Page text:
Talking about society and politics in 2018 can quickly turn divisive, but a new group in the Colonial Health Center is seeking to ensure that “challenging conversations” can successfully occur on campus.
Mental Health Services is hosting a weekly “healthy sociopolitical dialogues” group aimed at encouraging students to discuss complex issues and subsequently alleviate some of the stress and anxiety they may feel discussing hot-button political and social topics.
Students can join the weekly sessions at the CHC every Monday from 1 to 2:30 p.m. Each session is student-led with members first agreeing on the topics to be covered in the meeting. The size of the sessions is capped at eight students, Gillian Berry, the interim director of Mental Health Services, said.
“It’s no secret that politics can be divisive, whether it be on campus or at a family dinner table or between a group of friends.”
The group is one of several the CHC started last fall to tackle issues that plague student’s mental health, including groups on spirituality, substance abuse, self-acceptance and body image. Berry said the sessions were developed based on feedback from students to counselors, focus groups and the Care Network, a program that allows students to anonymously report peers facing mental health issues.
“Being informed by the growing body of literature and work on other universities campuses, groups such as this one have been surfacing in many guises with differing titles, but all with the theme of alleviating and decreasing stress and anxiety experienced by some students,” she said in an email.
The group will create greater self-awareness and understanding of diverse perspectives among participants with the goal of generating “an environment where challenging conversations can occur,” Berry said.
She added that similar groups at other universities are based in academic departments or multicultural centers, but officials decided to hold this group in the CHC because it was “an appropriate place to support and address any possible stress, anxiety and anger that may occur as a result of such dialogues.”
Student leaders from political groups on campus said the discussion sessions could be an effective way to open up dialogue between students with different backgrounds and views, especially on a campus where its often difficult to have constructive political debate.
Robert Dickson, the vice president of communications for the GW College Democrats, said while he had not heard about the group, it could start conversation at GW where more students are interested in politics than at most other universities.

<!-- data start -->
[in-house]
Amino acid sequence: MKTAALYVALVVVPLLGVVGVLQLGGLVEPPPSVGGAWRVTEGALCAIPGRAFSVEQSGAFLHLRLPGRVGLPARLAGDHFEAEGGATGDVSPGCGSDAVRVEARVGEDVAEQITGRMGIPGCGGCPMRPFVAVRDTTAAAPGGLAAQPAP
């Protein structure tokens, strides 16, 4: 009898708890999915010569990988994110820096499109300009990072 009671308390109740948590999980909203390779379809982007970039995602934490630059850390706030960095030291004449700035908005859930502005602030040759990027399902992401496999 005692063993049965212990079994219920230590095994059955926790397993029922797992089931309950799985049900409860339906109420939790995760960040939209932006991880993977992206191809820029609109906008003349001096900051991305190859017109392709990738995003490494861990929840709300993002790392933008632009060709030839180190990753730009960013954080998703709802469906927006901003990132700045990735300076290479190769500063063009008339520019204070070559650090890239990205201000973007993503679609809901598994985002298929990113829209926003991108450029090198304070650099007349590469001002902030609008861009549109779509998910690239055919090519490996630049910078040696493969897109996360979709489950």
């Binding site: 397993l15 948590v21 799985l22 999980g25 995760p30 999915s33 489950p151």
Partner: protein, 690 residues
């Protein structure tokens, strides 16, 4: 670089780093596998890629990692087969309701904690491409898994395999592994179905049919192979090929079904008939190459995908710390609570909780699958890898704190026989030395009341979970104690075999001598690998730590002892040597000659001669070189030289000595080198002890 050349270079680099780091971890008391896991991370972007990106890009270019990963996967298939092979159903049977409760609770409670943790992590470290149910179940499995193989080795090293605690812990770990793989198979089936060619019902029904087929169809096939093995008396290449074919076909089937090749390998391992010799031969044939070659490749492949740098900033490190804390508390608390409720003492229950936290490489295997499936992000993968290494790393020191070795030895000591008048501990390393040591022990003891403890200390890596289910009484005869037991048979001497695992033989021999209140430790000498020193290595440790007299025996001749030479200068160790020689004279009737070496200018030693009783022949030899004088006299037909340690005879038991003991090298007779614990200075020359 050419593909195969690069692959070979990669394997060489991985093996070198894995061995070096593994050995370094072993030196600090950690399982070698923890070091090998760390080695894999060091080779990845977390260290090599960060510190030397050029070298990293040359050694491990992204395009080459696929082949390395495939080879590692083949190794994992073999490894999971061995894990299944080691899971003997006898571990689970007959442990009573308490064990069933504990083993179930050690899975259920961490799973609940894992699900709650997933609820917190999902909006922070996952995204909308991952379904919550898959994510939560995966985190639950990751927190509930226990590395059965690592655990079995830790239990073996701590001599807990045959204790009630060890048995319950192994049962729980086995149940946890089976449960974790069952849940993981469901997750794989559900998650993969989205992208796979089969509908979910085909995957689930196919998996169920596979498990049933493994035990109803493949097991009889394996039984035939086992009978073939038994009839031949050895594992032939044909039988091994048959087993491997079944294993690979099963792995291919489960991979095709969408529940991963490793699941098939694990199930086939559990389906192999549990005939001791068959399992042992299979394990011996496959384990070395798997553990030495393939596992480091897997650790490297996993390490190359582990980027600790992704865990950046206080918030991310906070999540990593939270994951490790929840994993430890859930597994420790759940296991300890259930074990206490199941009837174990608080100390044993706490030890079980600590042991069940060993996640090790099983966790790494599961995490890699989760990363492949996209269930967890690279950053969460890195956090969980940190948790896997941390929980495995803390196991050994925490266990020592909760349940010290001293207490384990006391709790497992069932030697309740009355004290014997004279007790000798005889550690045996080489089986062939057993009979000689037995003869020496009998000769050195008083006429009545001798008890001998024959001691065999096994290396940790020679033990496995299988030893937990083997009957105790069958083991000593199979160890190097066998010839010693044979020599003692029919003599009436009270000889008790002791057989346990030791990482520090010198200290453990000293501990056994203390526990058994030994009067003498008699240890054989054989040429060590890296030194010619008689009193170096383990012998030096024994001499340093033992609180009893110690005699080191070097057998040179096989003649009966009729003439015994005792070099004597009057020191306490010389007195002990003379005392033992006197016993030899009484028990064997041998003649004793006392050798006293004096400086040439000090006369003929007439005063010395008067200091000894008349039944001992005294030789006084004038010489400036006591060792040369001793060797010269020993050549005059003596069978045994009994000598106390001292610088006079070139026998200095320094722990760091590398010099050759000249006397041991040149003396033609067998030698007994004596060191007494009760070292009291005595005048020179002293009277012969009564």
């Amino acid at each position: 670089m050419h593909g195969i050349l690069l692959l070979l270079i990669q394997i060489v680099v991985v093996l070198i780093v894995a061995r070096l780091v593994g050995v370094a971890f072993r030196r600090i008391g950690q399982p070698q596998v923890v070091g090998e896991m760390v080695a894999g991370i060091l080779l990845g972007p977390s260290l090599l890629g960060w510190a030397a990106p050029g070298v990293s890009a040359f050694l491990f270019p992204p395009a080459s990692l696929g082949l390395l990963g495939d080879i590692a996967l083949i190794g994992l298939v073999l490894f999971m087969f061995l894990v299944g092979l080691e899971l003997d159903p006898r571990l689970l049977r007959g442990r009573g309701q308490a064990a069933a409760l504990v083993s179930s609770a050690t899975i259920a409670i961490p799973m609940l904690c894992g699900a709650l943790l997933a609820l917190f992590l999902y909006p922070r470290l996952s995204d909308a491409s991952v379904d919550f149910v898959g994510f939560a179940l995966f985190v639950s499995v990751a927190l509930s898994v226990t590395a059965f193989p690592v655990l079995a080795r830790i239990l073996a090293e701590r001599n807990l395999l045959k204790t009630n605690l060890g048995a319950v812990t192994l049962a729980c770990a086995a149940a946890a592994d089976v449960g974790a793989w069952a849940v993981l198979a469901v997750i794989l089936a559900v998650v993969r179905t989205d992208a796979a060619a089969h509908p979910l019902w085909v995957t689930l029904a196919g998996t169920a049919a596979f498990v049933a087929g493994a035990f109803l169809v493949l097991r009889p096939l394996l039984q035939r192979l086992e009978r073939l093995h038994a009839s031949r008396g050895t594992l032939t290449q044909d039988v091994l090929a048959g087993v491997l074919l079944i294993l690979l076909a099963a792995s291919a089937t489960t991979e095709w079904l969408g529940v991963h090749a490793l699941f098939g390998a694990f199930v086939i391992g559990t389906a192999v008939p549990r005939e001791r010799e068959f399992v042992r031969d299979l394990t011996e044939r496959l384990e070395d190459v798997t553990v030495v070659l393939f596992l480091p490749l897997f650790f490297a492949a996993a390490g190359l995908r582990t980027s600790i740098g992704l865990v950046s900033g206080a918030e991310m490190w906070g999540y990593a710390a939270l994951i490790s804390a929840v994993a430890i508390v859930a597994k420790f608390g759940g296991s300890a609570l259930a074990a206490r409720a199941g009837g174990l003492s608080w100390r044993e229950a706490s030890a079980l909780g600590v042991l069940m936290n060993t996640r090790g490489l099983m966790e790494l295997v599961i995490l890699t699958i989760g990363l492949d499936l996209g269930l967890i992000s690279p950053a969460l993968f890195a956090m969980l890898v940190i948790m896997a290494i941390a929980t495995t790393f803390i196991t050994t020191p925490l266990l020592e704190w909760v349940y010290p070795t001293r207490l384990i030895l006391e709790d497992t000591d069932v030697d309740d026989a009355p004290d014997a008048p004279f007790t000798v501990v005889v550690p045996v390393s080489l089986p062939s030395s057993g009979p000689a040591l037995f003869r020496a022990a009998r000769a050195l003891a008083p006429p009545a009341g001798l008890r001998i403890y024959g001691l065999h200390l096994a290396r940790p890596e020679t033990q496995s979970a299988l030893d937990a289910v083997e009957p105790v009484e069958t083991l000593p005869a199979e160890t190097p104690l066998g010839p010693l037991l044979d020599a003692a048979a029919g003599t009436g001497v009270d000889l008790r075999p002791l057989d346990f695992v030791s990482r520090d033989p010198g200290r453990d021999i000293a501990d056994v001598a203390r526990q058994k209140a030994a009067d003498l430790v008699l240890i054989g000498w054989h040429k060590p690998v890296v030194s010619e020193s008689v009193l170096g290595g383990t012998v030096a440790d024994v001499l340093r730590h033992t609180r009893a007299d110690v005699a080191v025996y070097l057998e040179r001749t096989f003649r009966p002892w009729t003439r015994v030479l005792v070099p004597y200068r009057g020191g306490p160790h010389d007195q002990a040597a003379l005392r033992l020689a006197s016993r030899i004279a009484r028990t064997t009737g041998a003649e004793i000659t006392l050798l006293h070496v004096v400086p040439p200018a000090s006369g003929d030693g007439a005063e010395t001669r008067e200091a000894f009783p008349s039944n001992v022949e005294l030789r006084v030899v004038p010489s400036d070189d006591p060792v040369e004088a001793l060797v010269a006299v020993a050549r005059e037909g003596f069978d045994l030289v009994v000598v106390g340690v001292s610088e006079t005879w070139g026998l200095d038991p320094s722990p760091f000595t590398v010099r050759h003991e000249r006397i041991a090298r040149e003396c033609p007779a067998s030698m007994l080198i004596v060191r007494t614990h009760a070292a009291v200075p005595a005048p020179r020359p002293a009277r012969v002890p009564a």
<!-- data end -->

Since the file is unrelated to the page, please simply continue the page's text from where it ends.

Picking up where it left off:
“It’s no secret that politics can be divisive, whether it be on campus or at a family dinner table or between a group of friends,” he said. “Creating a healthy outlet for members of our community to talk about why they advocate for a certain belief or why they support a specific candidate or elected official is a great way to start that conversation.”
Dickson said he plans to promote the group to the College Democrats leadership and members, in case politically-minded students are interested in attending the sessions.
“We are lucky to have a large membership base and we would love to have our members attend these meetings and add to the constructive conversations that happen on campus,” he said.
Dickson said a group that discusses sociopolitical issues will only work if everyone involved is respectful to one another.
“Whether it’s about a candidate or a policy issue, there needs to be a bottom line of respect,” he said. “An environment where students feel that their beliefs are encouraged and respected – that they are not just going to be immediately mocked or cackled at – is the first guideline.”
“Getting groups together to dialog about issues with a trained professional is always a good idea.”
Sara Dougherty, the director of public relations for the GW College Republicans, said listening to diverse opinions is especially important in college, when students should be exploring and debating ideas.
“I think there needs to be a more robust and supportive offering of mental health services to students more generally,” she said. “I also think that there is a need for critical, civil and constructive political discourse.”
Kirt Patrick McClellan-Pacheco, the associate director of the University of Miami’s Counseling Center, said his university doesn’t have a similar group, but it could be an effective resource to strengthen ties within the student body.
“This kind of group could help students feel understood, increase their awareness about others, and feel less isolated in their ideas and thoughts,” he said. “Getting groups together to dialog about issues with a trained professional is always a good idea.”